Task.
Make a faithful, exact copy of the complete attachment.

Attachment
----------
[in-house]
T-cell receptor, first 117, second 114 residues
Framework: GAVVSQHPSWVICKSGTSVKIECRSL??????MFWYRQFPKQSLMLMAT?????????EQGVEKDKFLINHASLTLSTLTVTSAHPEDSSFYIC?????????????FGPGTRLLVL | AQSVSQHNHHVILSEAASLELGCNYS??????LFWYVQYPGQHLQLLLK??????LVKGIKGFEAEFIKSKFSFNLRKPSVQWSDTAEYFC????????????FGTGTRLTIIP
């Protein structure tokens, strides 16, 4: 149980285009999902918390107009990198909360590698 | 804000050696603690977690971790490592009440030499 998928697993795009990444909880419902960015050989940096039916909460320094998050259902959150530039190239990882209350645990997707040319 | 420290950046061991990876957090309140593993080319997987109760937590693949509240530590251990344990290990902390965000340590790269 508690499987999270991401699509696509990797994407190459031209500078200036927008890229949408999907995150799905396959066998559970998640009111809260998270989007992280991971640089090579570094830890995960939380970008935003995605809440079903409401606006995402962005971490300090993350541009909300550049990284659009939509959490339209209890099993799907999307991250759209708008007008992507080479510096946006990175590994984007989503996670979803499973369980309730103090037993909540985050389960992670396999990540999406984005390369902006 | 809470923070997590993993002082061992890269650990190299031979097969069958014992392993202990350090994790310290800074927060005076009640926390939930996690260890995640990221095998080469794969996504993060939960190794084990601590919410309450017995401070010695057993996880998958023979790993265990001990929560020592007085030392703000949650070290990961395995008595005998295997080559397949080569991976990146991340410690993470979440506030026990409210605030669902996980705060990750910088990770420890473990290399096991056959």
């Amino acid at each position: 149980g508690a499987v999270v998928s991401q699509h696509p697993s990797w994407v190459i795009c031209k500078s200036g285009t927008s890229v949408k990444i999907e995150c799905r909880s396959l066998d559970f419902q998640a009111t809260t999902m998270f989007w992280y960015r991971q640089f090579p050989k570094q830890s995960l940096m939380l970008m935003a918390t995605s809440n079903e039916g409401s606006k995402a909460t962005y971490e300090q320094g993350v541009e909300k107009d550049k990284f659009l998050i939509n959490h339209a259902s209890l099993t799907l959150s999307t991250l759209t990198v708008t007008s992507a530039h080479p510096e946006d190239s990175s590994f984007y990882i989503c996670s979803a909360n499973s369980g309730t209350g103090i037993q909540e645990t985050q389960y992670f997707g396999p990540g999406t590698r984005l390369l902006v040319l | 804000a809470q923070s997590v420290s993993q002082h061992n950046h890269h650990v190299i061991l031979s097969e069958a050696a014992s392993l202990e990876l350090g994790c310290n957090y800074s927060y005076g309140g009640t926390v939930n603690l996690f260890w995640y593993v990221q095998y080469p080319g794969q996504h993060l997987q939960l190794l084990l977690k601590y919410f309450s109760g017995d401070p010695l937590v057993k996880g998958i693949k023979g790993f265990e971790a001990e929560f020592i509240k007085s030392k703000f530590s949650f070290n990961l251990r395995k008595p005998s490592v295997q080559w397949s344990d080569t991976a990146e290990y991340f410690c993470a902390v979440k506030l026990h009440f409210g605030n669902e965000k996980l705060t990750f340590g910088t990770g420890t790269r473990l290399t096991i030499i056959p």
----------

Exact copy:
[in-house]
T-cell receptor, first 117, second 114 residues
Framework: GAVVSQHPSWVICKSGTSVKIECRSL??????MFWYRQFPKQSLMLMAT?????????EQGVEKDKFLINHASLTLSTLTVTSAHPEDSSFYIC?????????????FGPGTRLLVL | AQSVSQHNHHVILSEAASLELGCNYS??????LFWYVQYPGQHLQLLLK??????LVKGIKGFEAEFIKSKFSFNLRKPSVQWSDTAEYFC????????????FGTGTRLTIIP
């Protein structure tokens, strides 16, 4: 149980285009999902918390107009990198909360590698 | 804000050696603690977690971790490592009440030499 998928697993795009990444909880419902960015050989940096039916909460320094998050259902959150530039190239990882209350645990997707040319 | 420290950046061991990876957090309140593993080319997987109760937590693949509240530590251990344990290990902390965000340590790269 508690499987999270991401699509696509990797994407190459031209500078200036927008890229949408999907995150799905396959066998559970998640009111809260998270989007992280991971640089090579570094830890995960939380970008935003995605809440079903409401606006995402962005971490300090993350541009909300550049990284659009939509959490339209209890099993799907999307991250759209708008007008992507080479510096946006990175590994984007989503996670979803499973369980309730103090037993909540985050389960992670396999990540999406984005390369902006 | 809470923070997590993993002082061992890269650990190299031979097969069958014992392993202990350090994790310290800074927060005076009640926390939930996690260890995640990221095998080469794969996504993060939960190794084990601590919410309450017995401070010695057993996880998958023979790993265990001990929560020592007085030392703000949650070290990961395995008595005998295997080559397949080569991976990146991340410690993470979440506030026990409210605030669902996980705060990750910088990770420890473990290399096991056959």
């Amino acid at each position: 149980g508690a499987v999270v998928s991401q699509h696509p697993s990797w994407v190459i795009c031209k500078s200036g285009t927008s890229v949408k990444i999907e995150c799905r909880s396959l066998d559970f419902q998640a009111t809260t999902m998270f989007w992280y960015r991971q640089f090579p050989k570094q830890s995960l940096m939380l970008m935003a918390t995605s809440n079903e039916g409401s606006k995402a909460t962005y971490e300090q320094g993350v541009e909300k107009d550049k990284f659009l998050i939509n959490h339209a259902s209890l099993t799907l959150s999307t991250l759209t990198v708008t007008s992507a530039h080479p510096e946006d190239s990175s590994f984007y990882i989503c996670s979803a909360n499973s369980g309730t209350g103090i037993q909540e645990t985050q389960y992670f997707g396999p990540g999406t590698r984005l390369l902006v040319l | 804000a809470q923070s997590v420290s993993q002082h061992n950046h890269h650990v190299i061991l031979s097969e069958a050696a014992s392993l202990e990876l350090g994790c310290n957090y800074s927060y005076g309140g009640t926390v939930n603690l996690f260890w995640y593993v990221q095998y080469p080319g794969q996504h993060l997987q939960l190794l084990l977690k601590y919410f309450s109760g017995d401070p010695l937590v057993k996880g998958i693949k023979g790993f265990e971790a001990e929560f020592i509240k007085s030392k703000f530590s949650f070290n990961l251990r395995k008595p005998s490592v295997q080559w397949s344990d080569t991976a990146e290990y991340f410690c993470a902390v979440k506030l026990h009440f409210g605030n669902e965000k996980l705060t990750f340590g910088t990770g420890t790269r473990l290399t096991i030499i056959p």